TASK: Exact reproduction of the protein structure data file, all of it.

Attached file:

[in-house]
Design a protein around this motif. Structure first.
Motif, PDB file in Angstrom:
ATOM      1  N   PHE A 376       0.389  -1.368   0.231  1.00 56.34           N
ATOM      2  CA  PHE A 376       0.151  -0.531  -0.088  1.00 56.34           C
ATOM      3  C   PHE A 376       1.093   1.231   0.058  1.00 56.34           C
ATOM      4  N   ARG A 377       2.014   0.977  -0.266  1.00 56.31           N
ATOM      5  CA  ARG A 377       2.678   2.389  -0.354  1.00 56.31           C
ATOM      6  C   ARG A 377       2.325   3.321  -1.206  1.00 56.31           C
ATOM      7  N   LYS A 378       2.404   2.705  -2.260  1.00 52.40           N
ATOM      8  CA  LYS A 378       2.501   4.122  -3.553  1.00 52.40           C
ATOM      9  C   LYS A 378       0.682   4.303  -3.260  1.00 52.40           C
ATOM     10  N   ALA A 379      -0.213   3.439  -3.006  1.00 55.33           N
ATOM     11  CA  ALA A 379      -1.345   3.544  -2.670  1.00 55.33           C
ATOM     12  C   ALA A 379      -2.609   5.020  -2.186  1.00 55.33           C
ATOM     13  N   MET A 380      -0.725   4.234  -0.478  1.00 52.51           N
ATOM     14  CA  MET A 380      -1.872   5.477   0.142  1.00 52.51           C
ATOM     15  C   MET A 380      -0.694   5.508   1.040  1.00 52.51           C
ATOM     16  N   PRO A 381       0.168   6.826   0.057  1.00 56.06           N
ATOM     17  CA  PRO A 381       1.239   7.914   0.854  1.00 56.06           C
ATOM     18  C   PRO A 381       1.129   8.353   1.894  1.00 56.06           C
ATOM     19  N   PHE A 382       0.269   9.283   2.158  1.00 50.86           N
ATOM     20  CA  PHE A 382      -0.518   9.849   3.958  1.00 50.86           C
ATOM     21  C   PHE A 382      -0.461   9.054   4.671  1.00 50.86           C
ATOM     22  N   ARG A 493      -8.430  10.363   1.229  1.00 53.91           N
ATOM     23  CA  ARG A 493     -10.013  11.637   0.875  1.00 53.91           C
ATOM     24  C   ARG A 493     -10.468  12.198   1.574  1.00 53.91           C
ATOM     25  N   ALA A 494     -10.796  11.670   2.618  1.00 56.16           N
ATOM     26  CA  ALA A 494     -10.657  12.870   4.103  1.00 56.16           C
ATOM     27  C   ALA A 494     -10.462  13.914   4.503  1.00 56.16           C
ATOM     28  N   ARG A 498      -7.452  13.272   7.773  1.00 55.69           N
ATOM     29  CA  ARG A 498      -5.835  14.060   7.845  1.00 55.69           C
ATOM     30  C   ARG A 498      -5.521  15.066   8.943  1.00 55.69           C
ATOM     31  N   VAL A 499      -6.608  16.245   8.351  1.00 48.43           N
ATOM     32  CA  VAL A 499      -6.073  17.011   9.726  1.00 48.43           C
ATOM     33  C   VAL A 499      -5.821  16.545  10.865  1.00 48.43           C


[in-house]
Design a protein around this motif. Structure first.
Motif, PDB file in Angstrom:
ATOM      1  N   PHE A 376       0.389  -1.368   0.231  1.00 56.34           N
ATOM      2  CA  PHE A 376       0.151  -0.531  -0.088  1.00 56.34           C
ATOM      3  C   PHE A 376       1.093   1.231   0.058  1.00 56.34           C
ATOM      4  N   ARG A 377       2.014   0.977  -0.266  1.00 56.31           N
ATOM      5  CA  ARG A 377       2.678   2.389  -0.354  1.00 56.31           C
ATOM      6  C   ARG A 377       2.325   3.321  -1.206  1.00 56.31           C
ATOM      7  N   LYS A 378       2.404   2.705  -2.260  1.00 52.40           N
ATOM      8  CA  LYS A 378       2.501   4.122  -3.553  1.00 52.40           C
ATOM      9  C   LYS A 378       0.682   4.303  -3.260  1.00 52.40           C
ATOM     10  N   ALA A 379      -0.213   3.439  -3.006  1.00 55.33           N
ATOM     11  CA  ALA A 379      -1.345   3.544  -2.670  1.00 55.33           C
ATOM     12  C   ALA A 379      -2.609   5.020  -2.186  1.00 55.33           C
ATOM     13  N   MET A 380      -0.725   4.234  -0.478  1.00 52.51           N
ATOM     14  CA  MET A 380      -1.872   5.477   0.142  1.00 52.51           C
ATOM     15  C   MET A 380      -0.694   5.508   1.040  1.00 52.51           C
ATOM     16  N   PRO A 381       0.168   6.826   0.057  1.00 56.06           N
ATOM     17  CA  PRO A 381       1.239   7.914   0.854  1.00 56.06           C
ATOM     18  C   PRO A 381       1.129   8.353   1.894  1.00 56.06           C
ATOM     19  N   PHE A 382       0.269   9.283   2.158  1.00 50.86           N
ATOM     20  CA  PHE A 382      -0.518   9.849   3.958  1.00 50.86           C
ATOM     21  C   PHE A 382      -0.461   9.054   4.671  1.00 50.86           C
ATOM     22  N   ARG A 493      -8.430  10.363   1.229  1.00 53.91           N
ATOM     23  CA  ARG A 493     -10.013  11.637   0.875  1.00 53.91           C
ATOM     24  C   ARG A 493     -10.468  12.198   1.574  1.00 53.91           C
ATOM     25  N   ALA A 494     -10.796  11.670   2.618  1.00 56.16           N
ATOM     26  CA  ALA A 494     -10.657  12.870   4.103  1.00 56.16           C
ATOM     27  C   ALA A 494     -10.462  13.914   4.503  1.00 56.16           C
ATOM     28  N   ARG A 498      -7.452  13.272   7.773  1.00 55.69           N
ATOM     29  CA  ARG A 498      -5.835  14.060   7.845  1.00 55.69           C
ATOM     30  C   ARG A 498      -5.521  15.066   8.943  1.00 55.69           C
ATOM     31  N   VAL A 499      -6.608  16.245   8.351  1.00 48.43           N
ATOM     32  CA  VAL A 499      -6.073  17.011   9.726  1.00 48.43           C
ATOM     33  C   VAL A 499      -5.821  16.545  10.865  1.00 48.43           C